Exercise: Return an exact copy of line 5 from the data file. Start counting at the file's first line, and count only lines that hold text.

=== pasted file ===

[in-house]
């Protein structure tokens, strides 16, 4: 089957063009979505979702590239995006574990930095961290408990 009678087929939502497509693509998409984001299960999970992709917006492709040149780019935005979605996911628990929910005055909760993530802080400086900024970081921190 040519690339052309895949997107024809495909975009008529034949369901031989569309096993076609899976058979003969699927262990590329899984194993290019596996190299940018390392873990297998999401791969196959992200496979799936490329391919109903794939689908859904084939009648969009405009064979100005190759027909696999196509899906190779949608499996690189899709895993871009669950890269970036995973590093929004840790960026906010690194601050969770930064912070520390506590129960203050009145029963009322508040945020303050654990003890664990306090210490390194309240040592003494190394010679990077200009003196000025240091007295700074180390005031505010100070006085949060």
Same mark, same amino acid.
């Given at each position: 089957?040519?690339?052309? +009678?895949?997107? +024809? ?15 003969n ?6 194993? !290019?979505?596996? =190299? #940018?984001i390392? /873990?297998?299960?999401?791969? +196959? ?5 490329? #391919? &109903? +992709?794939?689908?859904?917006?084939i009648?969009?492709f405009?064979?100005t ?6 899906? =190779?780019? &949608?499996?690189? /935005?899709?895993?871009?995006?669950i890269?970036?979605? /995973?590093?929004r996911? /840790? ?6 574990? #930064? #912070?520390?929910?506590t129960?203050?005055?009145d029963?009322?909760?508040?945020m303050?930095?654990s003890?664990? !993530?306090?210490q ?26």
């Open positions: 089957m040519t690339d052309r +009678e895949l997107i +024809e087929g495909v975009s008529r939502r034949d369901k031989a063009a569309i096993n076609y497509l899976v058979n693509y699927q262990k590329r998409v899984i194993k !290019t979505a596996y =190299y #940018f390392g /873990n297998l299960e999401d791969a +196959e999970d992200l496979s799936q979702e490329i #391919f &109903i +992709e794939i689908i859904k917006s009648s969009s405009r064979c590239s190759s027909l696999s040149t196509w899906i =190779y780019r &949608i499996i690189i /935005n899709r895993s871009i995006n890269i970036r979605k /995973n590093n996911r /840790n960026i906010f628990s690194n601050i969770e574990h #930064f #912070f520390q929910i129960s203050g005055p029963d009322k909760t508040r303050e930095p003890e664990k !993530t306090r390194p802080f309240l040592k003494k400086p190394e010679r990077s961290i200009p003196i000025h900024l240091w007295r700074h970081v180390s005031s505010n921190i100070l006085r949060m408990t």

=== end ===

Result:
């Open positions: 089957m040519t690339d052309r +009678e895949l997107i +024809e087929g495909v975009s008529r939502r034949d369901k031989a063009a569309i096993n076609y497509l899976v058979n693509y699927q262990k590329r998409v899984i194993k !290019t979505a596996y =190299y #940018f390392g /873990n297998l299960e999401d791969a +196959e999970d992200l496979s799936q979702e490329i #391919f &109903i +992709e794939i689908i859904k917006s009648s969009s405009r064979c590239s190759s027909l696999s040149t196509w899906i =190779y780019r &949608i499996i690189i /935005n899709r895993s871009i995006n890269i970036r979605k /995973n590093n996911r /840790n960026i906010f628990s690194n601050i969770e574990h #930064f #912070f520390q929910i129960s203050g005055p029963d009322k909760t508040r303050e930095p003890e664990k !993530t306090r390194p802080f309240l040592k003494k400086p190394e010679r990077s961290i200009p003196i000025h900024l240091w007295r700074h970081v180390s005031s505010n921190i100070l006085r949060m408990t």